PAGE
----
Frost bite concerns?

Discussion in 'Managing Your Flock' started by parkerpeeps7, Jan 19, 2012.

  1. parkerpeeps7

    parkerpeeps7 Chillin' With My Peeps

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    I've been seeing so much about frostbite and am wondering if I should be concerned with my chickens getting frost bite if their water is freezing overnight? I am going to get a indoor thermometer today but even with that I don't know how cold it has to be in there for them to get frost bite. I have two 250 watt heat lamps in an 8x8 coop for them. I have been looking for some 500 watt bulbs but so far have not had any luck. I just want to make sure I have good preventive measures in place b/c I live in Georgia & it can get in the teen's here. Thankfully none of that yet though! :) Thanks in advance for the help!
     
    Last edited: Jan 19, 2012
  2. Ridgerunner

    Ridgerunner True BYC Addict

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    It is not really about heat, especially in Georgia, but about humidity and wind chill. There have been plenty of people a lot further north than you that have solved frostbite problems by providing more ventilation.

    Frostbite is possible any time the temperature is below freezing. But many of us keep chickens without any frostbite problems in much lower temperatures without providing any heat. If the humidity builds up in your coop, your chickens are at a much greater risk. Humidity comes from their poop and their breathing.

    I've seen chickens sleep outside in trees in temperatures around 0 degrees Fahrenheit. They were not perched on a limb at the top of a ridge or hill, squawking defiantly into the teeth of a raging blizzard. They were nestled among the branches in what was a thicket in a protected valley with the ability to move to get on the side of the tree trunk where they are protected against whatever breeze there might be, but they do have great ventilation. In our coops we may not give them as much flexibility to get out of breezes as they enjoy in trees in protected places.

    I'm a firm believer in providing a lot of winter ventilation above their heads while they are sleeping. Close off all vents below them or where a breeze can blow directly in them. A breeze blowing above them does not hurt a thing.

    In your temperatures you could provide a three sided coop with the roost in the protected area between the three sides. Just wire on the one side. Cold is not going to be a problem for you if your coop is well-ventilated and you protect them a bit from wind chill.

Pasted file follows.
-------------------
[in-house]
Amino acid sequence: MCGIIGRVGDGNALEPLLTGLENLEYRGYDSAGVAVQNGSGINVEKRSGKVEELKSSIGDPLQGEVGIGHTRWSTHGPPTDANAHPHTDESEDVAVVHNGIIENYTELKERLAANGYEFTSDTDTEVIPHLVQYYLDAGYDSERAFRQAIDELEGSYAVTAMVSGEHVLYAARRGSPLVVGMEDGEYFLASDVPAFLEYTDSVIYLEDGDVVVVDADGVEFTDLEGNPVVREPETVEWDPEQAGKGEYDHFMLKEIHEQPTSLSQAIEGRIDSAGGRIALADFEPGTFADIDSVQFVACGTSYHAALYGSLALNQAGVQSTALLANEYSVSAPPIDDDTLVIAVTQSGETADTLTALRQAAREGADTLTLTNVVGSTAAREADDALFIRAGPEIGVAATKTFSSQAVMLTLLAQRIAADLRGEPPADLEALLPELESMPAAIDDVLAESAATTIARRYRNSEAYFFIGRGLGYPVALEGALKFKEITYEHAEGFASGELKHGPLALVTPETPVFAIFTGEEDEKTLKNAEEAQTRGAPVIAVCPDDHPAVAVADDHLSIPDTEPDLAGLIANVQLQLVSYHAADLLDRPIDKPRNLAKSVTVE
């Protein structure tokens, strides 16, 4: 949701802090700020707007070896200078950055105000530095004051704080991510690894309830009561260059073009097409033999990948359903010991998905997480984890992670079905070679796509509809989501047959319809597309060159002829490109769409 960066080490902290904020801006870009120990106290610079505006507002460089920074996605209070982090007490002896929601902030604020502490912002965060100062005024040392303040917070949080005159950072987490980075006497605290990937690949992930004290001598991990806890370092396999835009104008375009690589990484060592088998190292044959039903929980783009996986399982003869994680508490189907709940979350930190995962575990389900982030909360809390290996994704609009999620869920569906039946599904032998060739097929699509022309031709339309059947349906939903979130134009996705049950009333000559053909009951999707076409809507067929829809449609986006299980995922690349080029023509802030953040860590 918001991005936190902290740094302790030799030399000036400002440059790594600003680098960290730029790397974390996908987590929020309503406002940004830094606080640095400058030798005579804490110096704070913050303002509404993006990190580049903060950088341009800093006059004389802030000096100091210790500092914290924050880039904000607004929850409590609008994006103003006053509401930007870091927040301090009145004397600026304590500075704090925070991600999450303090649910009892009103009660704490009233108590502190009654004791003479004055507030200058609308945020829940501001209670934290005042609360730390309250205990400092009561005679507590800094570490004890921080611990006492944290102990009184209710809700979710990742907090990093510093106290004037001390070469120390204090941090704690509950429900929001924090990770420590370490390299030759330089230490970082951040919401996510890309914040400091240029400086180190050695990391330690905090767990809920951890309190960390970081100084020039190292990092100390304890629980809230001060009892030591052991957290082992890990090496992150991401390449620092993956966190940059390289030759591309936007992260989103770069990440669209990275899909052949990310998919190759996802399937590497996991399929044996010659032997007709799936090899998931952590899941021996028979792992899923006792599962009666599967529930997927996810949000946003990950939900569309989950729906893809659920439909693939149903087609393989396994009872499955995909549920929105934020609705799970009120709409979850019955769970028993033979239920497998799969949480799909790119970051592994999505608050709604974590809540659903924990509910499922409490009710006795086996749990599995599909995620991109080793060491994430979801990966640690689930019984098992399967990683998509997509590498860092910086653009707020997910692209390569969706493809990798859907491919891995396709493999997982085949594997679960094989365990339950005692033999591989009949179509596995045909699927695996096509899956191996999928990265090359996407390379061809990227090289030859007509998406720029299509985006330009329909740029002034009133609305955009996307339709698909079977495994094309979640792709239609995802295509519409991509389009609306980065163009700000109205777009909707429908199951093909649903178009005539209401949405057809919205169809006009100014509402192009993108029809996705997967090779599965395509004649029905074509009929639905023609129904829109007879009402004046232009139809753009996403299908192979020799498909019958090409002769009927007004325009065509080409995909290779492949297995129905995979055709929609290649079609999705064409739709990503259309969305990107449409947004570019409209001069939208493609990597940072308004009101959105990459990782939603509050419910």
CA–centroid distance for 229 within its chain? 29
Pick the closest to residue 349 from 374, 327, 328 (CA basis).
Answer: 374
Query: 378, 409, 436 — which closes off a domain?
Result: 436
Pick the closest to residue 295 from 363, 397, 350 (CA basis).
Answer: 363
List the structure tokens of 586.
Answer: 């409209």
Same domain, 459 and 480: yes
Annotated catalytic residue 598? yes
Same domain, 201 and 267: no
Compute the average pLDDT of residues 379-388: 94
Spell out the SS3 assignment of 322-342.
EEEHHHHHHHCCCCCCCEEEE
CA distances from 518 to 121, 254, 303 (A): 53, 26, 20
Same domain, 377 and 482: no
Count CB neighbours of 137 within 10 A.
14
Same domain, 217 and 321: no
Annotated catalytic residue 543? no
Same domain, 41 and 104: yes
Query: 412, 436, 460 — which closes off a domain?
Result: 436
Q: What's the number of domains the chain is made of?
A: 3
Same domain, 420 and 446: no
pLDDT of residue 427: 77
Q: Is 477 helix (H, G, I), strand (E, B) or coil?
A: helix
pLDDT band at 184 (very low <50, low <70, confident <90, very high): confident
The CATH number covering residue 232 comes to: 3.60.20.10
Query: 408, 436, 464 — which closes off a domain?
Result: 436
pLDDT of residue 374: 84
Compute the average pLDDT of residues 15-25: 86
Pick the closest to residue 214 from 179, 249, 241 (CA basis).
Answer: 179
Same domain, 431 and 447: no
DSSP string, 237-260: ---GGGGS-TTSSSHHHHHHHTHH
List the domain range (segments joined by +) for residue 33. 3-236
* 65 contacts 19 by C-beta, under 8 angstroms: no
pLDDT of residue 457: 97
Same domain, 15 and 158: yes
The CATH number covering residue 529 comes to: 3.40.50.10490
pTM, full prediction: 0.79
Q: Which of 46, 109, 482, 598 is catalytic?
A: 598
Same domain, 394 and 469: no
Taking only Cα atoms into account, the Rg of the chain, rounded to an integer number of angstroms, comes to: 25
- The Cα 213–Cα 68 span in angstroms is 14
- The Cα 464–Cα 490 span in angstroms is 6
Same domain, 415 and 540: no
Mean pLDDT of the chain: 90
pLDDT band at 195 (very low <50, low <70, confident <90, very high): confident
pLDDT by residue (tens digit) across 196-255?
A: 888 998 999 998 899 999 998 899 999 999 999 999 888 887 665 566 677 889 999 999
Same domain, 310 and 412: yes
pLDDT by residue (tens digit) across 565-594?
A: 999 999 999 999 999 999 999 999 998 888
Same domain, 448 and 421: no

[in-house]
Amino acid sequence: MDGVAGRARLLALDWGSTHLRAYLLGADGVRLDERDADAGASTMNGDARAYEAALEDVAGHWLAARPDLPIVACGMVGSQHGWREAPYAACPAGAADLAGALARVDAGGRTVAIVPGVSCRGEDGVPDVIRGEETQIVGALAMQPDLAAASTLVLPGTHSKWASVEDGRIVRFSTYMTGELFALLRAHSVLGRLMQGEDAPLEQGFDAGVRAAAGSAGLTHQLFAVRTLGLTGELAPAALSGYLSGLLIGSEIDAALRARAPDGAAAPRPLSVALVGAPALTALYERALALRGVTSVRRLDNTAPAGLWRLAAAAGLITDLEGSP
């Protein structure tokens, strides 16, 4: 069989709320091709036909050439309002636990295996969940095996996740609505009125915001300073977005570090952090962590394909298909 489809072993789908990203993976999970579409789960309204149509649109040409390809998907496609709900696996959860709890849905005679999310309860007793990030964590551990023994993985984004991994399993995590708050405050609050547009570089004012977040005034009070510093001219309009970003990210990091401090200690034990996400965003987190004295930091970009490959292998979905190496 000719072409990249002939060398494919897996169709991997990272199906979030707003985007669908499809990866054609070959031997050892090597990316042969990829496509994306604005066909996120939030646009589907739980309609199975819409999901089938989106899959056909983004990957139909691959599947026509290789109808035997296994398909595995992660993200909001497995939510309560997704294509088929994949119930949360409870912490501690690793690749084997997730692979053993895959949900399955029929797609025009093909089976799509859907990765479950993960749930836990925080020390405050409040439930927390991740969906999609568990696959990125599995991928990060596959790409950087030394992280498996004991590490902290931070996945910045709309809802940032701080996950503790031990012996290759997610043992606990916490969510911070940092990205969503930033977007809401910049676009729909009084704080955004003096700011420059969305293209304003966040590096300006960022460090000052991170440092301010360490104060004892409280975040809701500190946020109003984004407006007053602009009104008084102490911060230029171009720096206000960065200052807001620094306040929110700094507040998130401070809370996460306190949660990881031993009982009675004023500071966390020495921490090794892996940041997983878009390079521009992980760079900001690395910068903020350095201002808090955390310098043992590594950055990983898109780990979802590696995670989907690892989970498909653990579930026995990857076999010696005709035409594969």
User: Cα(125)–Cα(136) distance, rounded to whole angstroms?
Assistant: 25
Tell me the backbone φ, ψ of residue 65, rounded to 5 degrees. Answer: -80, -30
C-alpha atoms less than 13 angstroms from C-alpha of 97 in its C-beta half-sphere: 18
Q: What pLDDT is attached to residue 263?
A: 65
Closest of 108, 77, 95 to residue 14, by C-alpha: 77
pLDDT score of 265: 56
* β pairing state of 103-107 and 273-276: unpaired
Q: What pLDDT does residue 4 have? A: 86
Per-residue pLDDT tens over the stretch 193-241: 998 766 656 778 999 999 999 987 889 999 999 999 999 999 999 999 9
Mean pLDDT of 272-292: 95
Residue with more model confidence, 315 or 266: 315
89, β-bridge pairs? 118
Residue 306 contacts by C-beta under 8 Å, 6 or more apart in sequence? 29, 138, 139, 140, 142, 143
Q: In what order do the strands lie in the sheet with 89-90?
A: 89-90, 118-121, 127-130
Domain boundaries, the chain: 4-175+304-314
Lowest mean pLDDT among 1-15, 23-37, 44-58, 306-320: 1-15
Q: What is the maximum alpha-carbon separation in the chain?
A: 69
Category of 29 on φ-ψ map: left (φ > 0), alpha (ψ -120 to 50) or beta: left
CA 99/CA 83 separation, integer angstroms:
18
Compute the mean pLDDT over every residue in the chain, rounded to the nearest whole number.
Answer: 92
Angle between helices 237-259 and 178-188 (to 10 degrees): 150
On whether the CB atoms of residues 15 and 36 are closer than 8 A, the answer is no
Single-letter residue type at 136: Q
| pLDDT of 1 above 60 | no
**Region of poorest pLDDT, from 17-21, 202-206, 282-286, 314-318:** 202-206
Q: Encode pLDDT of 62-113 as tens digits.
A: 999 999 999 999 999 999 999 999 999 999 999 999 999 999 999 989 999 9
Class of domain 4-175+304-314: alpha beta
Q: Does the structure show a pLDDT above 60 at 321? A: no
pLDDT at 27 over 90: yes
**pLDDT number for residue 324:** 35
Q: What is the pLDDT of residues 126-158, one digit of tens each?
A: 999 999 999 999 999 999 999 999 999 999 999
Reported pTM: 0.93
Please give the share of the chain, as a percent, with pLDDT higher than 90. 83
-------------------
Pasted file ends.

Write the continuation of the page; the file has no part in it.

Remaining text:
My lows are not in the teens. I see temperatures below zero Fahrenheit.
     
  3. JackE

    JackE Overrun With Chickens

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    The chickens don't need the heatlamps, or any other kind of added heat. They are well adapted to handle cold weather. All you are doing is running up your electric bill and possibly putting your birds in danger (Coop fire, birds losing ability to acclimate to the cold). . Frostbite can be a problem if you have a lot of birds in a poorly ventilated coop. Chickens have a very high resporation rate and can generate a lot of moisture in an enclosed space. That's why they need a WELL ventilated coop. If you notice a lot of frost inside the coop, that's a sure sign that you don't have enough ventilation and you need to supply more fresh air to the coop. Check out my coop below. I live well north of you and the coop is unheated with NO insulation and my chickens have no problems.
    Jack
     
  4. parkerpeeps7

    parkerpeeps7 Chillin' With My Peeps

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    Ok so both of your responses are great news to me! @JackE- our coop is exactly like the back part of your coop (yours is great by the way!). It's slanted & has a bit of an overhang over the front door and sides. Now forgive me b/c I'm afraid I will not be able to explain this well but where yours is white at the top ours is all open, like a 6 inch opening all across the front & also open on the sides until the roof meets the back of the coop as it slants. It's covered by hardware cloth to keep out predators. My husband came up with the idea for the openings at top to allow ventilation & to give them cross breeze in the summer. I have the "raising chickens for dummies book" & it said that chickens can stand temps down to 40 degrees so that was why we have the heat lamps. I'm glad to know that they will be ok, I've been freaking b/c we didn't insulate the coop! [​IMG]